There was a young girl born to a wealthy family. She was her father’s adored daughter. As a child she swung on his arm, and played games with him and basked in his love. He gave her so many experiences that she loved and playthings that she enjoyed.
As she grew older, she drifted away from him. She no longer believed that he knew best. She wanted to be her own person and make her own decisions. He warned her about the company that she was keeping, but she ignored him.
She began taking drugs. She began stealing to pay for her habit. At her first arrest, her father was in court to support her and paid her bail. He did the same thing the second time she was arrested. He pleaded with her to get help to kick the habit.
She laughed in his face.
“So you think you’re so high and mighty Mr ---,” she said.
She didn’t even acknowledge to anyone that she was his daughter. She began to use a series of assumed names, hiding her real identity from her associates.
Her father’s life was filled with grief and despair. When word came to him that she’d been arrested again, he decided that the most loving thing he could do would be to let her face the consequences of her decisions. He could no longer encourage her habit by bailing her out every time she was arrested.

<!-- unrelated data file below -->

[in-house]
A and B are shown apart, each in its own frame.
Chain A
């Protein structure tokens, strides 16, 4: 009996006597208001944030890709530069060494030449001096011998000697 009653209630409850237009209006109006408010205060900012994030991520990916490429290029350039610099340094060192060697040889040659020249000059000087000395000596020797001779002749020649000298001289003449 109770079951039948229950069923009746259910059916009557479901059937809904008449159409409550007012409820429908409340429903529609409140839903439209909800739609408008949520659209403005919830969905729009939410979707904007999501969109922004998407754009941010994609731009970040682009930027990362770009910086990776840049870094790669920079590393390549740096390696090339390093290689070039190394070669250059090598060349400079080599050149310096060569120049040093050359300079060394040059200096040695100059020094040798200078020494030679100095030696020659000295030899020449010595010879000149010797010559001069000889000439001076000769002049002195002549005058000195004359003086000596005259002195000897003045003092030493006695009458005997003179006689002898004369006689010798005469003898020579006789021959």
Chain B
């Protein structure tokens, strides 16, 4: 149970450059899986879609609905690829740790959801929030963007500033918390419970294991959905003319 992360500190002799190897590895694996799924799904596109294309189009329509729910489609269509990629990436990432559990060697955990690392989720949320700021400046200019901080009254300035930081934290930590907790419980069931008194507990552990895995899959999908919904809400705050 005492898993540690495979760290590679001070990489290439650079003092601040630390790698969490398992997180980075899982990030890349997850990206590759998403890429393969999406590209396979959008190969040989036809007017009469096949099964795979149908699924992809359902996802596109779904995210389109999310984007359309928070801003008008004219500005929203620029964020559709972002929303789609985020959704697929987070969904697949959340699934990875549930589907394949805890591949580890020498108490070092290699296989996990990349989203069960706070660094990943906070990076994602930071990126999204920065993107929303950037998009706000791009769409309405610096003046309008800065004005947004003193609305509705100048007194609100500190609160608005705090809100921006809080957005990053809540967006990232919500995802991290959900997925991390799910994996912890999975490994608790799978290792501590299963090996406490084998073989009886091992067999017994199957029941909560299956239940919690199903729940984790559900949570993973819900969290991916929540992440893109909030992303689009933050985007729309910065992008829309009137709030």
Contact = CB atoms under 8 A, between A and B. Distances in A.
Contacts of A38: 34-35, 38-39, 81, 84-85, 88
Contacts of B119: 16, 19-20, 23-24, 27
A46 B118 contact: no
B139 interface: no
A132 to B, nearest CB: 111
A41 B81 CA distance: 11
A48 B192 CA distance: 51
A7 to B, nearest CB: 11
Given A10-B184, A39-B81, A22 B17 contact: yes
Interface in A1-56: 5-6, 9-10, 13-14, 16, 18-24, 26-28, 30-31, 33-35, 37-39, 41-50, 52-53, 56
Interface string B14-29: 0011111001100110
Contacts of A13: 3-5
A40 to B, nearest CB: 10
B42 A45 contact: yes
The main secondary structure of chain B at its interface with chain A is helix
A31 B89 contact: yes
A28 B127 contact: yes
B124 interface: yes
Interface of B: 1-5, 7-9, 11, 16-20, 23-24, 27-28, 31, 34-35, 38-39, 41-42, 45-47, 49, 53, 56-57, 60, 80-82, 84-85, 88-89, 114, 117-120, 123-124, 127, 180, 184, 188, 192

The third time, she went to jail.  Her father went to visit her.
“What’s the matter with you?” she screamed at him. “Why didn’t you help me?”
“What kind of a father are you?”

But that’s not the end of the story.


   “And granted that God does have the capacity to act in the world, it does often look as if he is not paying the sort of attention to what's going on that he should be.” Philip Almond , Professorial Research Fellow in the History of Religious Thought at the University of Queensland.  “Questioning the Miracles of Mother Teresa” ABC News

Friday, 2 September 2016

When Plans Change

Most people have heard of Mother Teresa, the Roman Catholic nun who, with her order of the Missionaries of Charity, brought comfort to the poorest of the poor living and dying on the streets of Calcutta, India.This weekend the Catholic church will canonize her as a saint.
Fewer people know of Jacqueline de Decker, a Christian lay worker who, after spending years ministering to the poor in Madras, joined Mother Teresa as she embarked on her missionary project. Jacqueline was filled with enthusiasm to be part of Mother Teresa’s vision and was to be her first co-worker.
However, this was not to be. As preparations were being made to begin ministry in Calcutta, Jacqueline was struck down by a debilitating spinal condition which required her to return to Belgium. Throughout the rest of her life she would undergo over thirty operations and lived in chronic pain.